“We are a forum for the alt-right,” he said. I suspect that Bannon considered the alt-right to be nothing more than young guys on the Internet who were sick of globalization, illegal immigration, Mitch McConnell, and National Review. And what he was no doubt referring to was the comment boxes of Breitbart, which are lengthy, bawdy, scatological, and often hilarious.
“I’m a Leninist.” Yes, Bannon is a revolutionary but not a Bolshevik. He wants to overturn the GOP establishment that seems incapable of doing anything they promise to do and seem utterly indifferent to those Bannon calls “Hobbits from the Shire.”
There are hundreds of radio hours the Washington Post and others are scouring right now for more shocking things Bannon has said. They reported recently that he said something about going to war with China on the radio so now the Trump administration is supposed to be going to war with China.
Much of what he has said is Bannon riffing, having fun, shocking the lefty reporters. What the left and sadly some conservatives have done is take these quotes and spun dystopian fantasies about Steve Bannon. The best glimpse into the thinking of Steve Bannon is the lecture he gave via Skype to a conference at the Vatican two years ago. You can find the transcript online. There is also his interview with Kimberly Strassel a few months ago in the Wall Street Journal. What you will find is not a cartoon villain but a deeply thoughtful man.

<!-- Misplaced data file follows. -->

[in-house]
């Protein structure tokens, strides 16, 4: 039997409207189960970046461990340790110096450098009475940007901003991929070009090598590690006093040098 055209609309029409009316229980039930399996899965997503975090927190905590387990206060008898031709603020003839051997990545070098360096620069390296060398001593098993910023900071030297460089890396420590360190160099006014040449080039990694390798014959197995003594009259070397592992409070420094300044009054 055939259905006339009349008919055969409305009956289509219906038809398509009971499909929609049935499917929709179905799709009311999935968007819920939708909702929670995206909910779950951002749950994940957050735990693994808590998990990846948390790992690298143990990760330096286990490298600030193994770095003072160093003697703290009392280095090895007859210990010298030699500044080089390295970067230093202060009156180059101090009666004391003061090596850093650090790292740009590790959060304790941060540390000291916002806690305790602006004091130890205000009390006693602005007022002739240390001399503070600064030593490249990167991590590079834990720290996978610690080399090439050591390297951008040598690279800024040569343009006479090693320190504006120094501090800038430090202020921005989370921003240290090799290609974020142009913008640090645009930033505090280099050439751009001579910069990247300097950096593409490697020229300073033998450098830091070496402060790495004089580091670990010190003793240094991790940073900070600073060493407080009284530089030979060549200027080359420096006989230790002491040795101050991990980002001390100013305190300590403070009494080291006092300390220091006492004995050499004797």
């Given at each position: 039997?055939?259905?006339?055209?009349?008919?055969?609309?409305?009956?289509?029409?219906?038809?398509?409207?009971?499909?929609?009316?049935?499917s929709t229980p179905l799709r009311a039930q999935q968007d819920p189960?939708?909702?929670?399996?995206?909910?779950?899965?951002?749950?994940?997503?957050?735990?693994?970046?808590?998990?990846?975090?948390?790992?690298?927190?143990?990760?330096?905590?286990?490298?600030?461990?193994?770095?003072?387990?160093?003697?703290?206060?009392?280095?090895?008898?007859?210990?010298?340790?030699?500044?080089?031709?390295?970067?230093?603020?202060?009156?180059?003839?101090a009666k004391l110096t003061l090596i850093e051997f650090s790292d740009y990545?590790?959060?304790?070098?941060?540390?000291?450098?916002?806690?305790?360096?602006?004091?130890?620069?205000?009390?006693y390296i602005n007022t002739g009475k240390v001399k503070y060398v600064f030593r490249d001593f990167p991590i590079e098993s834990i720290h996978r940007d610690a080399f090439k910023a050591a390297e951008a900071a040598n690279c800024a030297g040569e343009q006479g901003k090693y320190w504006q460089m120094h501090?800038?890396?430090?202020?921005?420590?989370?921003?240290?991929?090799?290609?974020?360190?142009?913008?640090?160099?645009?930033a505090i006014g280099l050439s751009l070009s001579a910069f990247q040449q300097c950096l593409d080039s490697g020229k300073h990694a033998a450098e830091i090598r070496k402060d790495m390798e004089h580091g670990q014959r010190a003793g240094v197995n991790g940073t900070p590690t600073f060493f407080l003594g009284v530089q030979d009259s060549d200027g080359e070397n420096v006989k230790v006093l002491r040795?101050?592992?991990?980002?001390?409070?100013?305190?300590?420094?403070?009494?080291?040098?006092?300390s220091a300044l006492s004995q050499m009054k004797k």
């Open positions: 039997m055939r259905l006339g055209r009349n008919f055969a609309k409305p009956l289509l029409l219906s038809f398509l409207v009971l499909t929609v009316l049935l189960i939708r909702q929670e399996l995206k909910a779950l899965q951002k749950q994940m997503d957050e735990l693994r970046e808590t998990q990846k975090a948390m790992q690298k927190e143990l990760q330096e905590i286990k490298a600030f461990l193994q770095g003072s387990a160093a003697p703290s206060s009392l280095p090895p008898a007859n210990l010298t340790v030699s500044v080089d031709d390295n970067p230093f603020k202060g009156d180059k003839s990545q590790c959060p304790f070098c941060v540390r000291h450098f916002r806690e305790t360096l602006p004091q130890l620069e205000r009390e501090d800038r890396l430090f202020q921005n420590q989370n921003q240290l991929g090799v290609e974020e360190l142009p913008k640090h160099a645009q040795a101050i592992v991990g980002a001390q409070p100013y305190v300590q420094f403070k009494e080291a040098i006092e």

Bannon always called Breitbart “Fight Club” and the highest compliment one could get at Breitbart’s Fight Club is “Honey Badger.” When Bannon and Marlow called me this one day, I had to look it up on YouTube. He is a tough determined and utterly fearless little animal that takes down anything in his way including bigger and nastier creatures. To put it politely, “Honey Badger, doesn’t give a hoot.”
So, there is the seeming contradiction; Bannon is a deeply thoughtful pugilist who does not care what you think. Some will say this is a recipe for disaster. I say it’s just what we need.
(Photo credit: Gage Skidmore / Wikicommons)